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Mizraim cures wounds, and Pharaoh is sold for balsams."

Milton was a contemporary of Sir Thomas Browne, and, like all great poets, was a master of resounding prose. All that he wrote, both in verse and prose, is severely classic in its form. His Samson Agonistes is perhaps the finest example of a play written in English after the manner of the Greek dramas.

Milton wrote The Areopagitica in defence of the liberty of publishers and printers of books. And it stands for all time as the first and greatest argument against interference with the freedom of the press.

The Areopagitæ were judges at Athens in its more flourishing time, who sat on Mars Hill and made decrees and passed sentences which were delivered in public and commanded universal respect.

I will quote one of the finest passages in this great and splendid utterance:

"I deny not but that it is of greatest concernment in the Church and Commonwealth to have a vigilant eye how books demean themselves as well as men; and thereafter to confine, imprison, and do sharpest justice on them as malefactors: for books are not absolutely dead things, but do contain a potency of life in them to be as active as that soul was whose progeny they are; nay, they do preserve as in a vial the purest efficacy and extraction of that living intellect that bred them. I know they are as lively, and as vigorously productive, as those fabulous dragons' teeth; and being sown up and down, may chance to spring up armed men.

“And yet on the other hand, unless wariness be used, as good almost kill a man as kill a good book; who kills a man kills a reasonable creature, God's image; but he who destroys a good book kills reason itself; kills the Image of God as it were in the eye. Many a man lives a burden to the earth; but a good book is the precious lifeblood of a master-spirit; embalmed and treasured up on purpose to a life beyond life. 'Tis true, no age can restore a life, whereof, perhaps, there is no great loss; and revolutions of ages do not oft recover the loss of a rejected truth, for the want of which whole nations fare the worse.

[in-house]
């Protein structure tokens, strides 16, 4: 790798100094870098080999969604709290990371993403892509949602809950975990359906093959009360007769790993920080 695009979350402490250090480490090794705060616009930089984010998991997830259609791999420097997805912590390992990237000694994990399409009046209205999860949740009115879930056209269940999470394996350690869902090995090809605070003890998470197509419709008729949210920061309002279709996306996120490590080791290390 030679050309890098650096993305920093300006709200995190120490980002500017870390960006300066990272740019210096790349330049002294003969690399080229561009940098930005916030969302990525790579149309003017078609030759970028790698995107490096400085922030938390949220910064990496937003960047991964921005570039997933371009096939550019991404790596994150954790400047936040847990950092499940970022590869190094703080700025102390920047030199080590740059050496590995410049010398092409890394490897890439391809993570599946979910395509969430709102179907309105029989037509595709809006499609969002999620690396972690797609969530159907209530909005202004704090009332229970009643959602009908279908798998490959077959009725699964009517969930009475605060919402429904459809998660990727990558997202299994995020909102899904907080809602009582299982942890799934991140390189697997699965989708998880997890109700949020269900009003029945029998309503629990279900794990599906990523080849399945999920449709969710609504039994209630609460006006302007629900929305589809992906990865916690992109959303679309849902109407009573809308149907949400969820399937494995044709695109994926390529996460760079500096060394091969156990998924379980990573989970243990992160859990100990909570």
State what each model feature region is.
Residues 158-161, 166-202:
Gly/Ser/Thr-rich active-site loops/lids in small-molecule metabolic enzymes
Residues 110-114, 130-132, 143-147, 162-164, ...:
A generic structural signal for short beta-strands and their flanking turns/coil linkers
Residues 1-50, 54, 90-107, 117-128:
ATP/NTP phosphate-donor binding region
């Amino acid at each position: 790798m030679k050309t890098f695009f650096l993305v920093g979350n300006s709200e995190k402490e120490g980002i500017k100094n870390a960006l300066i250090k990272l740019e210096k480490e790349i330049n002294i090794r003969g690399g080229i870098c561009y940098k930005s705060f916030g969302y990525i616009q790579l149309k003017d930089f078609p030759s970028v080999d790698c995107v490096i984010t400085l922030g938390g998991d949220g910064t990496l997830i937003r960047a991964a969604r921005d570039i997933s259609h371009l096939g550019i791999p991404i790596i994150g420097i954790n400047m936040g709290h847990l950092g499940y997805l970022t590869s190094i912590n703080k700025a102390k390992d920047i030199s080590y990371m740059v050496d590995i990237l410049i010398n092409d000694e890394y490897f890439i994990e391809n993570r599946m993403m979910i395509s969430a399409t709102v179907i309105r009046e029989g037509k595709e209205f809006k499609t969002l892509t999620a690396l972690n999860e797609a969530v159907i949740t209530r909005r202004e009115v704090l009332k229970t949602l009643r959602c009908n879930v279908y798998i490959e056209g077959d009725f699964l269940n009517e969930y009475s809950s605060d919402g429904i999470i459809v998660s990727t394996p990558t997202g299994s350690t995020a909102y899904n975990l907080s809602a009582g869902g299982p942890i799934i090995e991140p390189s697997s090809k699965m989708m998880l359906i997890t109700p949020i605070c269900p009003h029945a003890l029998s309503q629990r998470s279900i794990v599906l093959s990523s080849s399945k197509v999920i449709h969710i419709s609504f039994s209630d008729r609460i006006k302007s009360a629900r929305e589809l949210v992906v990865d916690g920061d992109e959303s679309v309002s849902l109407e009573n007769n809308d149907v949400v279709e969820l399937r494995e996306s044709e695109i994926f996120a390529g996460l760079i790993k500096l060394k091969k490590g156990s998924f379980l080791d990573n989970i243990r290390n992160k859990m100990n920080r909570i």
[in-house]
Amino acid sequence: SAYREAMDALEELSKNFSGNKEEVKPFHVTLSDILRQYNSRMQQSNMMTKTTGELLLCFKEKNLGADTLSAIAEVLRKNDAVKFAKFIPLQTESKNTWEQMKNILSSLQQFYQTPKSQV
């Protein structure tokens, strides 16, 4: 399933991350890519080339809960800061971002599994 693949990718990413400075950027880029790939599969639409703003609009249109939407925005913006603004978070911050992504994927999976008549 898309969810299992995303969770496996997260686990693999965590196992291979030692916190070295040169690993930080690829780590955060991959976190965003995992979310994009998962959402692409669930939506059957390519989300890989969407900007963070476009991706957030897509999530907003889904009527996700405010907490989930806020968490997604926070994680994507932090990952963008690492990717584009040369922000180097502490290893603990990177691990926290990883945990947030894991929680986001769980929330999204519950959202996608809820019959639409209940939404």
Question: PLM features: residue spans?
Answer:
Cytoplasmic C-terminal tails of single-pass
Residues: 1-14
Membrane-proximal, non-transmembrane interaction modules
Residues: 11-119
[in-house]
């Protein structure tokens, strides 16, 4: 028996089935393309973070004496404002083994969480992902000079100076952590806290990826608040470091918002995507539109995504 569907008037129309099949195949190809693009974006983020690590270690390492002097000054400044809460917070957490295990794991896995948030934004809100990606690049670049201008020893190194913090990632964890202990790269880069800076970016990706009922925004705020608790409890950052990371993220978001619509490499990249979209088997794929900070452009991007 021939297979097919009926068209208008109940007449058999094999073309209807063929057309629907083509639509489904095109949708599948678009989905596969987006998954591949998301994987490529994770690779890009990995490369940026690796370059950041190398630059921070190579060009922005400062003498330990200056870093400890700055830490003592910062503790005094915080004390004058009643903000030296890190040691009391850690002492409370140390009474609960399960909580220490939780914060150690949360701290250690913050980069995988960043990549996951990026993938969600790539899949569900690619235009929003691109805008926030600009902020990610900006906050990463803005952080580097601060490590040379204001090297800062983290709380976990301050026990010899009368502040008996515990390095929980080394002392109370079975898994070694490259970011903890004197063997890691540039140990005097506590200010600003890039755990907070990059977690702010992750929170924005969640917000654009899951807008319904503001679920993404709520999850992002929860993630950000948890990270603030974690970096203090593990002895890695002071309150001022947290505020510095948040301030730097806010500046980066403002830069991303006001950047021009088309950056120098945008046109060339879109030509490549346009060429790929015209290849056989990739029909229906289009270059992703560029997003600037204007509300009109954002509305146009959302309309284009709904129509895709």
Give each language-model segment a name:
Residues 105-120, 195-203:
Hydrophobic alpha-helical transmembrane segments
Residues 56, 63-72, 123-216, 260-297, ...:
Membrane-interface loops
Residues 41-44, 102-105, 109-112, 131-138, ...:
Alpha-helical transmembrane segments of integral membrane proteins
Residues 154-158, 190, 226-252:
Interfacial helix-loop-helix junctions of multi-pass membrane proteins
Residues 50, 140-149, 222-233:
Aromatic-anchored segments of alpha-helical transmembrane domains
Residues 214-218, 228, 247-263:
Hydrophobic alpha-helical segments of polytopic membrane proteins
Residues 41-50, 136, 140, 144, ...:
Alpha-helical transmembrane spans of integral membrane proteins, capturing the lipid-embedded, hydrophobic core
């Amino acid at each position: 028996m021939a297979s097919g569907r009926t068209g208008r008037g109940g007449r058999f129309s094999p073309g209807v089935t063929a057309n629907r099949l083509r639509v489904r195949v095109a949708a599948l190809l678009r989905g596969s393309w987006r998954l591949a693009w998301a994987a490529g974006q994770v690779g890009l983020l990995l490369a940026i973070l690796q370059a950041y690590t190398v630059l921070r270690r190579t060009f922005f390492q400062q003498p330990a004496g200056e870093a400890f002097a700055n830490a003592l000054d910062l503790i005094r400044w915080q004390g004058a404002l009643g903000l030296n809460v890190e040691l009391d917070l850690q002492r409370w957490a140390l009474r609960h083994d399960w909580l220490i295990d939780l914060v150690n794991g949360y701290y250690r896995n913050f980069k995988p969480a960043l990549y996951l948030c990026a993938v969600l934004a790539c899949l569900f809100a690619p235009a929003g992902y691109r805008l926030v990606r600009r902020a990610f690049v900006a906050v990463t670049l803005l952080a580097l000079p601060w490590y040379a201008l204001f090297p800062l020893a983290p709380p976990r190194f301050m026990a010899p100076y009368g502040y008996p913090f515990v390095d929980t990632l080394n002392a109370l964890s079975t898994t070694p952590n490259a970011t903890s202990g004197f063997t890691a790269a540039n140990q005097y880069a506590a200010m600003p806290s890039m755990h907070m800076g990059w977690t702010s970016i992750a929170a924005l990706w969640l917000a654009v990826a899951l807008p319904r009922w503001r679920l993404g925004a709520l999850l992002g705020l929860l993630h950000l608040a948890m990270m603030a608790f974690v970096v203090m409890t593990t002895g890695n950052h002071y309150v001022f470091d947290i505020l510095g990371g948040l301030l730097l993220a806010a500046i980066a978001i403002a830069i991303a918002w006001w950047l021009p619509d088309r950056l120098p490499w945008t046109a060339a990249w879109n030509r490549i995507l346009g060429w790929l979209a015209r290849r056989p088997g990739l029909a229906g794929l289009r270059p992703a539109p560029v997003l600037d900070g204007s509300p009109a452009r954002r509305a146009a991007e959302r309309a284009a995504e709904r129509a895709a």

“We should be wary, therefore, what persecutions we raise against the living labours of public men; how we spill that seasoned life of man preserved and stored up in books; since we see a kind of homicide may be thus committed, sometimes a martyrdom, and, if it extend to the whole impression, a kind of massacre, whereof the execution ends not in the slaying of an elemental life, but strikes at that ethereal and fifth essence, the breath of reason itself; slays an immortality rather than a life.”


This is a fine defence of the inviolability of a good and proper book.

A bad book will generally die of itself, but there is something horribly malignant about a wicked book, as it must always be worse than a wicked man, for a man can repent, but a book cannot.

It is the men of letters who keep alive the books of the great from generation to generation, and they are never likely to preserve a wicked book from oblivion. Ultimately such go to light fires and encompass groceries.

Your loving old

G. P.



Milton, of whom I wrote in my last letter, was five years older than Jeremy Taylor, of whom I am going to write to-day. The latter's writings differ very much from Milton's, although they were contemporaries for the whole of the former's life.

From the grave and august periods of Milton to the sweet beauty of Jeremy Taylor is as the passing from out the austere halls of Justice to lovely fields full of flowers.

Your and my great kinsman, Coleridge, pronounced Jeremy Taylor to be the most eloquent of all divines; and Coleridge was a great critic.

Indeed, there seems to dwell permanently in Jeremy Taylor's mind a compelling sweetness and serenity. His parables, though sometimes perhaps

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